||This article includes a list of references, related reading or external links, but its sources remain unclear because it lacks inline citations. (February 2012)|
Evgeniya Rodina, January 2010
4 February 1989 |
Moscow, Soviet Union
|Height||1.70 m (5 ft 7 in)|
|Plays||Right-handed (two-handed backhand)|
|Career record||264 - 176|
|Career titles||WTA: 0, ITF: 8|
|Highest ranking||No. 74 (28 February 2011)|
|Current ranking||No. 283 (07 July 2014)|
|Grand Slam Singles results|
|Australian Open||2R (2011)|
|French Open||1R (2008, 2011)|
|US Open||1R (2008, 2011)|
|Career record||110 - 76|
|Career titles||WTA: 0, ITF: 6|
|Highest ranking||No. 99 (24 October 2011)|
|Current ranking||No. 201 (07 July 2014)|
|Grand Slam Doubles results|
|US Open||2R (2008)|
|Last updated on: 07 July 2014.|
Evgeniya Sergeyevna Rodina (Евгения Сергеевна Родина, born 4 February 1989) is a Russian professional tennis player. She achieved her career-high ranking of No. 74 on 28 February 2011.
Rodina has made strong progress up through the world rankings to reach a career high of World No. 120 by the end of 2007, and has won four career ITF singles titles to date, of which one has been at $50,000 level and the other three all at $25,000.
Rodina began her career on the ITF circuit with the assistance of a wildcard into the first round of the main draw of a $25,000 tournament at Moscow in late August 2004, when she was just fifteen and a half years old, and justified the award by taking a set from up-and-coming fellow Russian star Elena Vesnina, though she lost the match in three.
Further wildcards into two successive $10,000 events at Dubrovnik, Croatia that October gave her the opportunity to win her first and second main-draw ITF matches without ever having had to qualify for an ITF event, though she lost in the second round on both occasions.
These two results were sufficient to put her onto the tail end of the rankings board at World No. 1138 by the end of the year.
After taking a six-month break from competition, she was granted a further wildcard directly into the main draw of a $10,000 event at Cavtat, Croatia in late April, 2005, a couple of months after her sixteenth birthday, and this time won two rounds before losing in the quarter-finals.
At the end of that same week, she at last entered a $10,000 qualifying draw on the merit of her ranking alone, and proved her capability by qualifying and then winning four rounds of the main draw without dropping a set, only to lose in the final to a little-known player called Vanja Corovic of Serbia and Montenegro.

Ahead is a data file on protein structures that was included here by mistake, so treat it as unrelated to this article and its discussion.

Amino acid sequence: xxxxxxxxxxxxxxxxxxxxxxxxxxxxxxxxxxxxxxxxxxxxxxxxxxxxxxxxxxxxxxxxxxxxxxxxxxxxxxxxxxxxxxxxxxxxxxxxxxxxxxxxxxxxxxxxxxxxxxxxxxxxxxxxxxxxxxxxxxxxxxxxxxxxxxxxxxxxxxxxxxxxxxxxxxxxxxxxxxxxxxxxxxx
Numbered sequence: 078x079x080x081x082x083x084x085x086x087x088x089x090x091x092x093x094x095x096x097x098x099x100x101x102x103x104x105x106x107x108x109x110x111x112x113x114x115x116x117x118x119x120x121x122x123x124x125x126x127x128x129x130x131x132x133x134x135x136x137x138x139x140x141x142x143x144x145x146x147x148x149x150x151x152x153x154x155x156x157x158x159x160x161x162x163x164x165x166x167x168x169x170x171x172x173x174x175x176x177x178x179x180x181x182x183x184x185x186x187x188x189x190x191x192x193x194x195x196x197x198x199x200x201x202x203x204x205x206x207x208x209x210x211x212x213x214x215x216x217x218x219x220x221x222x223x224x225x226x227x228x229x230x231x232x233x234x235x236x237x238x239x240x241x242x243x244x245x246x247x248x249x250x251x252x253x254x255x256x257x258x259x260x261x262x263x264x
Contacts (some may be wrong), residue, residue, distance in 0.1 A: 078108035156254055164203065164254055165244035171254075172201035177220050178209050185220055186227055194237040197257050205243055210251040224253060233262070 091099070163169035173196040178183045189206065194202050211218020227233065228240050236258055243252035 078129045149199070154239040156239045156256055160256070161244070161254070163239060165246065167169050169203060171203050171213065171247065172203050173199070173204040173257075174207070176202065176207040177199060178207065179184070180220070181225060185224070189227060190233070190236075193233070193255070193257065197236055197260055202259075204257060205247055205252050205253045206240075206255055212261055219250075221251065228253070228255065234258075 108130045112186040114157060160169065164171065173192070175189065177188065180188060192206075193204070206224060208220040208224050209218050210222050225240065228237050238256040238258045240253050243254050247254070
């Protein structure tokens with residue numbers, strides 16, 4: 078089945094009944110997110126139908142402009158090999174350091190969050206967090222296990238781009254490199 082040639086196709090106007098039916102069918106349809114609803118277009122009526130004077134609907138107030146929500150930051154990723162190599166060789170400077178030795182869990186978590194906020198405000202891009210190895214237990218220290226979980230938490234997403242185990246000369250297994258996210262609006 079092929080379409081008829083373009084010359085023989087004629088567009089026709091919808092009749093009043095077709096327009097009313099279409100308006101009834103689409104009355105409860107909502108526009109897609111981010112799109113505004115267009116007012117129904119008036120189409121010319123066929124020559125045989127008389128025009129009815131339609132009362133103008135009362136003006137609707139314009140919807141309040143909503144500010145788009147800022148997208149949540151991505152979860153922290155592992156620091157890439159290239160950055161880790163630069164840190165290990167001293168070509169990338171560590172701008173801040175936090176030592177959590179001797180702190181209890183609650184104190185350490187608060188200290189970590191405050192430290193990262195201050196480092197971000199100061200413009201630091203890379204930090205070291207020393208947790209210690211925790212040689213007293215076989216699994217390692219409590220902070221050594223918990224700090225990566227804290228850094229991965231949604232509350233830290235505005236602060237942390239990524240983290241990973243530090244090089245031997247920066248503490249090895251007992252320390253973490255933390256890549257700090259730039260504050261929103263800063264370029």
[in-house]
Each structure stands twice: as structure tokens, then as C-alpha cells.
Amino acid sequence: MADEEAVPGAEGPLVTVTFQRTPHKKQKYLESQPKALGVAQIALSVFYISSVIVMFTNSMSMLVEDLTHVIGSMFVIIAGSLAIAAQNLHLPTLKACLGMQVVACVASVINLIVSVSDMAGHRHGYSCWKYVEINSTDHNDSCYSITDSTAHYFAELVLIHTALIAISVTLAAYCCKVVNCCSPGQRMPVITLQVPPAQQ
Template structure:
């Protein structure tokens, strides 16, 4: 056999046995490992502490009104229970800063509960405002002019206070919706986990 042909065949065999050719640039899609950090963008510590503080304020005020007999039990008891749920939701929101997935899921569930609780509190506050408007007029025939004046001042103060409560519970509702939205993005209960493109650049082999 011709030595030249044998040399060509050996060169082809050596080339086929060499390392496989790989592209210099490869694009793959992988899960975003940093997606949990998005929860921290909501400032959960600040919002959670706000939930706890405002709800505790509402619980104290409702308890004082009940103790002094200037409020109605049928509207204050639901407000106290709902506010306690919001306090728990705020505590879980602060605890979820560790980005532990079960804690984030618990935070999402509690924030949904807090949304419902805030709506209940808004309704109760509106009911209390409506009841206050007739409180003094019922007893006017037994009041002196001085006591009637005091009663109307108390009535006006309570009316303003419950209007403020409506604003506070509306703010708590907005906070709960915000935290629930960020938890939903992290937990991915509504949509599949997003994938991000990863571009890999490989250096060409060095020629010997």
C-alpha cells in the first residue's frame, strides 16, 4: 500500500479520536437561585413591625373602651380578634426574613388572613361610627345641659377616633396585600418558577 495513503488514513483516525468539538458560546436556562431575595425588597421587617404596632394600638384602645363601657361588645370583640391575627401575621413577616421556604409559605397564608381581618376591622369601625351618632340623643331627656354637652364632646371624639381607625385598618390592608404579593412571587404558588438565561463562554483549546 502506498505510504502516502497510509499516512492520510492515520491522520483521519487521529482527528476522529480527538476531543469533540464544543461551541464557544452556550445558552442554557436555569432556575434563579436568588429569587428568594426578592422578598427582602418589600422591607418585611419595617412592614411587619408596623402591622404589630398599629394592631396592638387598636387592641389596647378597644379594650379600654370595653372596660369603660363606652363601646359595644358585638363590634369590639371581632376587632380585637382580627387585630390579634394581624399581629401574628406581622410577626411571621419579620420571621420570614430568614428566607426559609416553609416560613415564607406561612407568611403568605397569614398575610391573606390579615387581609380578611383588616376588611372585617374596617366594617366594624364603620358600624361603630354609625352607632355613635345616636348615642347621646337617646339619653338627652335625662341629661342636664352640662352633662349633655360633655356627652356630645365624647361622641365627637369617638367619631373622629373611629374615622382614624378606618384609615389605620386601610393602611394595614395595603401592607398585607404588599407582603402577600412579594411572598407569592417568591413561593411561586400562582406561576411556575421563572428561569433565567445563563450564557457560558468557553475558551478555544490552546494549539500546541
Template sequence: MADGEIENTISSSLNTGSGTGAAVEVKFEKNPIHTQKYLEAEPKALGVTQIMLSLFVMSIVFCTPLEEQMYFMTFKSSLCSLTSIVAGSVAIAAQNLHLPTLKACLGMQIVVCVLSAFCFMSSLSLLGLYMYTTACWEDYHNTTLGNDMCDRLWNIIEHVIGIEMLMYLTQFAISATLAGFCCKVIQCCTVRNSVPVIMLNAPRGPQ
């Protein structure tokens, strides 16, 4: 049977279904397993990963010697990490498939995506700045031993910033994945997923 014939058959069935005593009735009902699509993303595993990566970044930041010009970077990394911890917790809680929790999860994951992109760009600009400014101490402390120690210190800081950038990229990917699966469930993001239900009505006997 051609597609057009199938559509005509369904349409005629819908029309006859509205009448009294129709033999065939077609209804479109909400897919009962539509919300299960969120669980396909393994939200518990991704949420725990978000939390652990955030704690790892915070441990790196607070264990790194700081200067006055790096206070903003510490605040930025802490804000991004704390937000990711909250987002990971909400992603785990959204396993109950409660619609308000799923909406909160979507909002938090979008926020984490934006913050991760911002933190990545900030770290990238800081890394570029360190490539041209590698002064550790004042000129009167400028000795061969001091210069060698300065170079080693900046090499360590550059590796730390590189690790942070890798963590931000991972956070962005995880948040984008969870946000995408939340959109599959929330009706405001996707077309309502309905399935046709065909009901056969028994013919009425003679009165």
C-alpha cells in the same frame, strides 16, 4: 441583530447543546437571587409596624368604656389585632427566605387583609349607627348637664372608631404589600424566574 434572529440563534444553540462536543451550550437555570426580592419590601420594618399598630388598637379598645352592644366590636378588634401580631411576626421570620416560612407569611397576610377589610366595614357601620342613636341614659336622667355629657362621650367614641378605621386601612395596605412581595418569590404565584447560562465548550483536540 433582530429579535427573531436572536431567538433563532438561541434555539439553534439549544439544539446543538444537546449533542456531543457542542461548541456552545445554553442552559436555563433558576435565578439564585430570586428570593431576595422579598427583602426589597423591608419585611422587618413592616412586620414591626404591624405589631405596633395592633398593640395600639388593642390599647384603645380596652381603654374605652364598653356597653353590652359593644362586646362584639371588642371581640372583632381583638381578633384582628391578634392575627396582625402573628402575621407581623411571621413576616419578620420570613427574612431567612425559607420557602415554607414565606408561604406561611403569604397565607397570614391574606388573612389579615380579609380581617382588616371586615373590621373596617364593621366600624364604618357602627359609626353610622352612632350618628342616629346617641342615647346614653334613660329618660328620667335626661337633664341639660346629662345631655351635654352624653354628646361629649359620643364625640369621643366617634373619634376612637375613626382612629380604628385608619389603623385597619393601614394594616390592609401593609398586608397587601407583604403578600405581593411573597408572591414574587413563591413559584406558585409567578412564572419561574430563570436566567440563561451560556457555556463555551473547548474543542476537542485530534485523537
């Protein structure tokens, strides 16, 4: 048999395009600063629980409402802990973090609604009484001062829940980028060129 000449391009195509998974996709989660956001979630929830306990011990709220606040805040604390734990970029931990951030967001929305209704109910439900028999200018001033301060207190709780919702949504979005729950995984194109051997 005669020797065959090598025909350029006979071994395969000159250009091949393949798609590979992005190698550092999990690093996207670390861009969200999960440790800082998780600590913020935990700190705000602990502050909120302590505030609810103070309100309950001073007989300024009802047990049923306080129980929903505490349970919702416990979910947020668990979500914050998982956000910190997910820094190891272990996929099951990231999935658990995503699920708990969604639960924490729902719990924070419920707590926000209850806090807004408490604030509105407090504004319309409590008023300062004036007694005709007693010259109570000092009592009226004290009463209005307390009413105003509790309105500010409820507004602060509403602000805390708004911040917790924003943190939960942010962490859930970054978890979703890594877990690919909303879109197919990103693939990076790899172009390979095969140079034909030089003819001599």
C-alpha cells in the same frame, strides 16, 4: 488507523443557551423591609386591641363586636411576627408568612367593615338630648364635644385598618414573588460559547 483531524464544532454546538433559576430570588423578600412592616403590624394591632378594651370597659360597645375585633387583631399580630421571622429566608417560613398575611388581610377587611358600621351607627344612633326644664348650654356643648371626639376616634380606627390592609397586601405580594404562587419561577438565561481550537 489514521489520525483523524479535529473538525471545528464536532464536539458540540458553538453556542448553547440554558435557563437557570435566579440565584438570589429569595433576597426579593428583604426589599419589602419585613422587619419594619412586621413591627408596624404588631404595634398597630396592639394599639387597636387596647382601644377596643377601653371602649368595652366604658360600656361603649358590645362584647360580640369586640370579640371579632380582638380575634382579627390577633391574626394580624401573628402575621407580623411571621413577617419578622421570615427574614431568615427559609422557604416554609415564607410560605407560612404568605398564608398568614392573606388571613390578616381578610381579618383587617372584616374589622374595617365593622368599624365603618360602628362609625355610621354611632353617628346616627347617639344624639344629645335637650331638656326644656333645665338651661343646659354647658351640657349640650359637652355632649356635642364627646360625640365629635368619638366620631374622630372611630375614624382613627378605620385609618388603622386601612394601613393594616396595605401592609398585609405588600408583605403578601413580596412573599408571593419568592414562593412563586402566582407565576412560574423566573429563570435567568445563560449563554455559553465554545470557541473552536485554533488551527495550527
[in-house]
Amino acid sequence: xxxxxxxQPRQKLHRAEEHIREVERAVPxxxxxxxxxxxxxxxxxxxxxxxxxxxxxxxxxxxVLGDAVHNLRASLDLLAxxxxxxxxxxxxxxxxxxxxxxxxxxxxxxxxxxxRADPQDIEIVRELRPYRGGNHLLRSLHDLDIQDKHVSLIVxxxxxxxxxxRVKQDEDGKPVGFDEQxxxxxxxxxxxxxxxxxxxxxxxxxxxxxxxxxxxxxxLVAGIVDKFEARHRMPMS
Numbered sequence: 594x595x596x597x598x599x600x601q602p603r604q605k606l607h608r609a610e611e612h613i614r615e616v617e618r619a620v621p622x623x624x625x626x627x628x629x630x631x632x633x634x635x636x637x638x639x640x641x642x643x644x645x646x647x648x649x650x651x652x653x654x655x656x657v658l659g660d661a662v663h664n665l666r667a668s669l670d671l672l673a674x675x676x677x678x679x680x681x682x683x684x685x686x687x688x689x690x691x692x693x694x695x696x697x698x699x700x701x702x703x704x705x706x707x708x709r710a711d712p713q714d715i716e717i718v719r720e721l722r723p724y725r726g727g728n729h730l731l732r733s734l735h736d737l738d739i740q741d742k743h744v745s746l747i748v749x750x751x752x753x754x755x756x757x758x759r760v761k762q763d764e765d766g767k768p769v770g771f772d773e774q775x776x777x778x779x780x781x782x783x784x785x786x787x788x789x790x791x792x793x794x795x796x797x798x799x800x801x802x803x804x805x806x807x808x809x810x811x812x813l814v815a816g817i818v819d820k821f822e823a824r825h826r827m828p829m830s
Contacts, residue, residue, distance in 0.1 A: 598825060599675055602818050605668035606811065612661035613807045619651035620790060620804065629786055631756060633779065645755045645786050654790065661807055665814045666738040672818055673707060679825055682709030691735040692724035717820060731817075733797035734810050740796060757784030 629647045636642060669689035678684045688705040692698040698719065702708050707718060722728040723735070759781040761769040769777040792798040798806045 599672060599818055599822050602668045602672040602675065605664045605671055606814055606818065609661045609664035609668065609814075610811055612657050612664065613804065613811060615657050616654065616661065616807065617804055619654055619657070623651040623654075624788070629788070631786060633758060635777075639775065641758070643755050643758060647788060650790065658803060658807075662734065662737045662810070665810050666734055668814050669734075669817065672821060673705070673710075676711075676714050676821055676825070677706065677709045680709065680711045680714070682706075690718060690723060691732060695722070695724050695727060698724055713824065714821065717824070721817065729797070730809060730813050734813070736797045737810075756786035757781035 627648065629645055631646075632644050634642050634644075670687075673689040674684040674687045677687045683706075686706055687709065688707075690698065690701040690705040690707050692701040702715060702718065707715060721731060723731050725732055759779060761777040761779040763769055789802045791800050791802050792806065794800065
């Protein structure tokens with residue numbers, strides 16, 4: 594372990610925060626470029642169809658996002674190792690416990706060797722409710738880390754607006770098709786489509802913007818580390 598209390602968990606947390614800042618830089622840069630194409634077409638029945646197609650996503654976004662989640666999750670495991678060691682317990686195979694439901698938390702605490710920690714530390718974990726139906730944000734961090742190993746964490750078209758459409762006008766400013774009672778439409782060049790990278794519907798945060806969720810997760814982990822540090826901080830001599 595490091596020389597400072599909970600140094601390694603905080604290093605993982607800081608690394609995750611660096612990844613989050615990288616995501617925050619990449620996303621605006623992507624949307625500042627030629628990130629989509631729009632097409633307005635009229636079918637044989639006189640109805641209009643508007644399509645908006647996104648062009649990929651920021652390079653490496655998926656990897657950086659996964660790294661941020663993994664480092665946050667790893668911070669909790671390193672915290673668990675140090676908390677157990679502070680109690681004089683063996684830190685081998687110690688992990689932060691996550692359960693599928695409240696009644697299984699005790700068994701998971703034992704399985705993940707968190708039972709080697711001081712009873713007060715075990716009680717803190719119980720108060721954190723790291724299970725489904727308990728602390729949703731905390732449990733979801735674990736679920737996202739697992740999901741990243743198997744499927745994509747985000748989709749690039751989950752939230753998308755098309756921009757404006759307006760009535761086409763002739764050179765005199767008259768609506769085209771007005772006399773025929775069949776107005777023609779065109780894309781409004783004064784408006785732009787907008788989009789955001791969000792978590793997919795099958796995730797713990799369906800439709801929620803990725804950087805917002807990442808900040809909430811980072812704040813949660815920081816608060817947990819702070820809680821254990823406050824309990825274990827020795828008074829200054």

Her next significant breakthrough followed in mid-August, as she came through qualifying into a $25,000 draw for the first time at Moscow, and defeated Oxana Lyubtsova in the main draw on the way to a quarter-final defeat by up-and-coming fellow Russian star Vasilisa Bardina.
The following week, she was wildcarded directly into a $25,000 draw at Balashikha, also in Russia, and bettered her career-best result set the previous week by battling through to the semifinals, after knocking out competent Israeli player Yevgenia Savransky in the quarter-finals, before she was once again defeated by Bardina in straight sets.
On her next attempt to qualify for a $25,000 tournament, at Tbilisi, Georgia in September, she lost in the qualifying round to Kristina Antoniychuk of Ukraine in straight sets, but was allowed into the main draw as a lucky loser, only to face Bardina for a third time in the first round. Despite winning a set from her fellow Russian for the first time, she lost the match in three.
The next week, in early October, she was favoured with yet another wildcard into a main draw, and this time it was to be her first WTA tour main draw, although she had never even entered qualifying for an event above $25,000 calibre previously. Nonetheless, she rose to the occasion by defeating experienced compatriot Tatiana Panova in Round One and Hungarian talent Melinda Czink in Round Two to reach the quarter-final stage at her début WTA event, but then lost a tight three-set clash to her compatriot Ekaterina Bychkova.